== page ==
So much of THE INFORMATIONIST takes place within Africa—most of that inside Equatorial Guinea—that it’s difficult to separate just one aspect used in the story as being particularly relevant to life on the continent. I’m often asked how much of the setting is real, and if any of the events described within Malabo, the country’s capital, could have ever actually happened. They would, and they did, and most of the Malabo scenes were drawn from real life experience.
However, Africa is extremely vast and also varied. Due to distortion in map-making, it is really difficult to see just how expansive it is. Considering that the continent is large enough to hold the United States, China, India and most of Europe combined helps to provide perspective. That is to say, that although there are many similarities from one African nation to another, there are also many differences, and Equatorial Guinea was an extreme version of what I’d experienced elsewhere.
Q: Michael Palmer, author of The Last Surgeon, says you are a born storyteller. Was this talent born or made in you?
Given the trajectory of my life, I would venture that it’s a combination of both. I was born and raised in the Children of God, an apocalyptic religious cult that didn’t believe in education beyond sixth grade, so for most of my life up until about two years before I started writing, I’d had very little access to reading material other than what the cult produced. To this day I am sorely under-read and still rather painfully oblivious to current trends. Compounding this lack of access, I had started writing as a young teenager, and when cult leaders became aware of this, my hand-written notebooks were confiscated and burned, and I was forbidden to write fiction again.
When, as an adult, I was free of the cult, I set out once more to write, but really had no idea what I was doing. I’d never taken a writing course or studied creative writing—hadn’t even managed to get through 6th grade English—didn’t know how to plot or how to build characters, and I learned all of this and much more through the experience of writing THE INFORMATIONIST.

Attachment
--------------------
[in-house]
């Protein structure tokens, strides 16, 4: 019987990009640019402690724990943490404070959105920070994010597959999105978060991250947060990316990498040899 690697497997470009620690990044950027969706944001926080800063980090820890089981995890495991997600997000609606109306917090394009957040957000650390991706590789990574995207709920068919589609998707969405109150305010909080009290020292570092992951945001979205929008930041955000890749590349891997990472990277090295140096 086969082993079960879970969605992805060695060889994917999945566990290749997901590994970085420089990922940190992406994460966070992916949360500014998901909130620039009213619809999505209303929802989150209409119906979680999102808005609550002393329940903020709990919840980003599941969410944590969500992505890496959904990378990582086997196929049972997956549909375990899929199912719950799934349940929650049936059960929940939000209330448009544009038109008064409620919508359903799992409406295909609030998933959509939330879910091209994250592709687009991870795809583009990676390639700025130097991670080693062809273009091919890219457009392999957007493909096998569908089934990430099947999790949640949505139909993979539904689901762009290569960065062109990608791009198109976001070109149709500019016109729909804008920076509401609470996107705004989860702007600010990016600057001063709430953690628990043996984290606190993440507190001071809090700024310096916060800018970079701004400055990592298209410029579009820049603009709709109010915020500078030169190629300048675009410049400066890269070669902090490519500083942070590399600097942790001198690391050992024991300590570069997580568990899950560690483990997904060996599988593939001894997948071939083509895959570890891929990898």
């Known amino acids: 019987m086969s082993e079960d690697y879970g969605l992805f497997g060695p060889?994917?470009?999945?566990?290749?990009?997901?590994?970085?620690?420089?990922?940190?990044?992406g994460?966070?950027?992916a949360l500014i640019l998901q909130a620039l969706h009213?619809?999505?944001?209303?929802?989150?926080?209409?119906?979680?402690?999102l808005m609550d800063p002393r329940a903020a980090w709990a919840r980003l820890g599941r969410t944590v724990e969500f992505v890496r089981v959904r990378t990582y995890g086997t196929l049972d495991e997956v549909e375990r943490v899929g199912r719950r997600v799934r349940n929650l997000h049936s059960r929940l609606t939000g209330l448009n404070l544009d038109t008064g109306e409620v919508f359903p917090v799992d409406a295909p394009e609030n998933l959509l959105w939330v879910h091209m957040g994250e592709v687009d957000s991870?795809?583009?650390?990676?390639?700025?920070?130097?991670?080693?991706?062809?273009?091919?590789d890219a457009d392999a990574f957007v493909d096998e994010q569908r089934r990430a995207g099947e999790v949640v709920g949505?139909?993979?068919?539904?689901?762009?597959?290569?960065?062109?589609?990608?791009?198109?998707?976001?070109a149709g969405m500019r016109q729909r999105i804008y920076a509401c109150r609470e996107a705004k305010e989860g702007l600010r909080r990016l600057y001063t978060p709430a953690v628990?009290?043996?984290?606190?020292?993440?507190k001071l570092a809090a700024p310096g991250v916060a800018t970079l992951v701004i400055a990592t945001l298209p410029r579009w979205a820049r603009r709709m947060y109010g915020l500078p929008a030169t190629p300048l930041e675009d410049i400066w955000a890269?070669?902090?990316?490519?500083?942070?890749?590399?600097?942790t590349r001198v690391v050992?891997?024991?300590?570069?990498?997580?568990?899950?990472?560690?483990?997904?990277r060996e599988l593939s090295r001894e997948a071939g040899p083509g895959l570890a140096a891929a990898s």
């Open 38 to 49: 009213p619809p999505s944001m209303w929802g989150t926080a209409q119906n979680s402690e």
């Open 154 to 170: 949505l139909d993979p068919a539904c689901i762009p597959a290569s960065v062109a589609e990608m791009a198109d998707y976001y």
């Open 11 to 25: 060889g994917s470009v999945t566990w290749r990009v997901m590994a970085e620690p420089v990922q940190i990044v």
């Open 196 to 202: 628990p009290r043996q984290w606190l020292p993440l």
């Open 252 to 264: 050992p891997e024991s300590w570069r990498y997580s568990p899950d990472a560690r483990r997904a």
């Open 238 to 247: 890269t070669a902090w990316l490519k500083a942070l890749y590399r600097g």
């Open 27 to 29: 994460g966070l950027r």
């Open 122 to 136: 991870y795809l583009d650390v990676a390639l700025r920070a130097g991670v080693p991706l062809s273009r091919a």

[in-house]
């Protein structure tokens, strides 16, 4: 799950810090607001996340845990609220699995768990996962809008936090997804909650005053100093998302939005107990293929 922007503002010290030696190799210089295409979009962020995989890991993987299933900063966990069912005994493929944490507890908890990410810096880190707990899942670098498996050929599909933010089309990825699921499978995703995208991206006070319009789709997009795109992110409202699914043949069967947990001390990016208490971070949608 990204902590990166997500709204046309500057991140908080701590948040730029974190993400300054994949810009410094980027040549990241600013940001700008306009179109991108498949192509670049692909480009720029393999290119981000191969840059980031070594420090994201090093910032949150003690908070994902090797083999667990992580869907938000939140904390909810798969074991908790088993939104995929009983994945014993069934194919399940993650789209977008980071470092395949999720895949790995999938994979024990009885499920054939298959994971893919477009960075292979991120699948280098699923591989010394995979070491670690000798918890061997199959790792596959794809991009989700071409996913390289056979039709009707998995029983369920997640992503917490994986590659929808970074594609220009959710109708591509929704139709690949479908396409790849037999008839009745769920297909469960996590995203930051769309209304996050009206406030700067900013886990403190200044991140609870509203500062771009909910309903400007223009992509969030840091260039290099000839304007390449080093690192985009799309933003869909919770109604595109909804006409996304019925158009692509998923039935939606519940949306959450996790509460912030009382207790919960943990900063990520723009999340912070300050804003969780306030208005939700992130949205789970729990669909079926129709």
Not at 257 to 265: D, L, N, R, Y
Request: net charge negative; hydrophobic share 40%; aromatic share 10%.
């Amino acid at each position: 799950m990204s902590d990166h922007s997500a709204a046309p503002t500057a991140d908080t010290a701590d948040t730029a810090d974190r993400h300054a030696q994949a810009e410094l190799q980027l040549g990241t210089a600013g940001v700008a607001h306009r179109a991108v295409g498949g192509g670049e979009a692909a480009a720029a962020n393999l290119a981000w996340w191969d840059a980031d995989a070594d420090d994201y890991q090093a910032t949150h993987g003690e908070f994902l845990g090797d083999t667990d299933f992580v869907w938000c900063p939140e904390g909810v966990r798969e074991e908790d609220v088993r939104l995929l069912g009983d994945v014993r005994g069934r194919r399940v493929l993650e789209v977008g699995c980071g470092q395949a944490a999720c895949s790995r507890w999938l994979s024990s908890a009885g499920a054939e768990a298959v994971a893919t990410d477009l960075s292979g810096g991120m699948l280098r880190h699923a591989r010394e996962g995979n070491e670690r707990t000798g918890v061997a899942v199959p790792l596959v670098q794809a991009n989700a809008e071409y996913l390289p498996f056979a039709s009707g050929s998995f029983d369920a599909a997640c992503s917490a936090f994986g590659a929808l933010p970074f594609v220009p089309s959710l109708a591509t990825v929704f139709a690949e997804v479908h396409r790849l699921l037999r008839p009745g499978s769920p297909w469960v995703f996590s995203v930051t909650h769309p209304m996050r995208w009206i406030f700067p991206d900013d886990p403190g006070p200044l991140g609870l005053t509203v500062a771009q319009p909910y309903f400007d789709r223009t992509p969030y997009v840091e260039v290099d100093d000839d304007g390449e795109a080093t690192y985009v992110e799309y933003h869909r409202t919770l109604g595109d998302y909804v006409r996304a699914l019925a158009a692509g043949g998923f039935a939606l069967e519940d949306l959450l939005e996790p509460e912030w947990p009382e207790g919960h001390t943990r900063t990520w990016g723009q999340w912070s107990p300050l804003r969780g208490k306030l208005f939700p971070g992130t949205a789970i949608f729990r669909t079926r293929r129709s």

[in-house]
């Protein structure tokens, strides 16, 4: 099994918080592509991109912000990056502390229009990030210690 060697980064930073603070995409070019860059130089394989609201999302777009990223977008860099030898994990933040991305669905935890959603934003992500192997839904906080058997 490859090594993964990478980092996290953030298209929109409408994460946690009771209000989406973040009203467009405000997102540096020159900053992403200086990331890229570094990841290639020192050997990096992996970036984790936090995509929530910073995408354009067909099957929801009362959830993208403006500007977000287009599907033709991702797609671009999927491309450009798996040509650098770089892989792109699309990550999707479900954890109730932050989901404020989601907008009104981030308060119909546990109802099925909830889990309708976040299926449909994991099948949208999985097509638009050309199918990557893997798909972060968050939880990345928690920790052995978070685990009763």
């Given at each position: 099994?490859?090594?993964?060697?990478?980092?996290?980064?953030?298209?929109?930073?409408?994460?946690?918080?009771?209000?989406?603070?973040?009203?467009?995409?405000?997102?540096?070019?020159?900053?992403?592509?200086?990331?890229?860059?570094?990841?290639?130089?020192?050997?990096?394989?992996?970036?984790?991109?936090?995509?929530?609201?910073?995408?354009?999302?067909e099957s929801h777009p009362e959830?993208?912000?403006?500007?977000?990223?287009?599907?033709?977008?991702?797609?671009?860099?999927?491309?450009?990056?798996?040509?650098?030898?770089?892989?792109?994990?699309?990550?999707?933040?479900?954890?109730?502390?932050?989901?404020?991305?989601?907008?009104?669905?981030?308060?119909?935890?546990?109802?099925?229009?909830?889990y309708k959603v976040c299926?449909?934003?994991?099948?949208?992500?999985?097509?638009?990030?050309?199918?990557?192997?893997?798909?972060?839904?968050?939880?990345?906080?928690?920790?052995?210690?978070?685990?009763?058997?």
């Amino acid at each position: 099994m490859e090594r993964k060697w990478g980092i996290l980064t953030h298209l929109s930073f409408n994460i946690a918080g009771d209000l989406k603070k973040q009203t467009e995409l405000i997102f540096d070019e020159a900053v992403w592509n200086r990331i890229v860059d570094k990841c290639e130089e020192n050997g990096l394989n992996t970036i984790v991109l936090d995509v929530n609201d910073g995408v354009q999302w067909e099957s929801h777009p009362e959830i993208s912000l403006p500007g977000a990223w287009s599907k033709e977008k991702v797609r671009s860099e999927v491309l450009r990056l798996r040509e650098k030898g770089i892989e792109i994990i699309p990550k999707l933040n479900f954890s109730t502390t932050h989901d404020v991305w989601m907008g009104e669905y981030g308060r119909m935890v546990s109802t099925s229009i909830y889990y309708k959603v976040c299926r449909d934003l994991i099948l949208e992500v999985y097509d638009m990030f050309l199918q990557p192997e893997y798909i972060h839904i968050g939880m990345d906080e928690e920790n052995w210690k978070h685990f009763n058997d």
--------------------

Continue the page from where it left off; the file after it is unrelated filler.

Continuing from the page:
To this end, I’m often asked how, with no formal training, I was able to learn to write as I do: this is the big mystery to which I have no answer. I expect that somewhat like my character Michael Munroe, who is gifted and absorbs language, I too, absorb language, albeit in the written form, and once I was finally able to access books and work with the written word, that gift blossomed.
Q: Readers are always interested in how authors balance the “real world” of their novels with their “real life” of family and kids. Do you have any secrets of success to pass on? A set routine or flex time for writing? Any tips for beginning writers to get the job done when so much beckons outside the door and window?
Personally, I’m my most productive at night and into the wee morning hours, but since I’m up early in the morning in order to get my children off to school, and since I don’t function well without sleep, this also means I’m rarely able to access my most productive hours. Instead, I work around their schedule, and by work I mean mostly procrastinate until I realize that they’ll be home from school any minute, at which time the noise level will return to filled-stadium loud, so I’d better actually put some words down.
The only secret of success that I might offer, is the importance of focus—of writing every day, and writing even when you don’t feel like it and when there’s no inspiration. The words don’t have to be pretty, the story doesn’t have to be perfect, but it does have to be finished before you can make it pretty and perfect.
Q: Can you tell us a bit about what you are working on now/next?
I’m currently into the third installment of the Michael Munroe series, but since it’s still very much in a rudimentary phase, I can tell you that THE INNOCENT, the second book, draws heavily on my childhood of having been raised within The Children of God, and although the story is fiction, it’s based on truth and probably the closest I’ll ever get to writing an autobiography.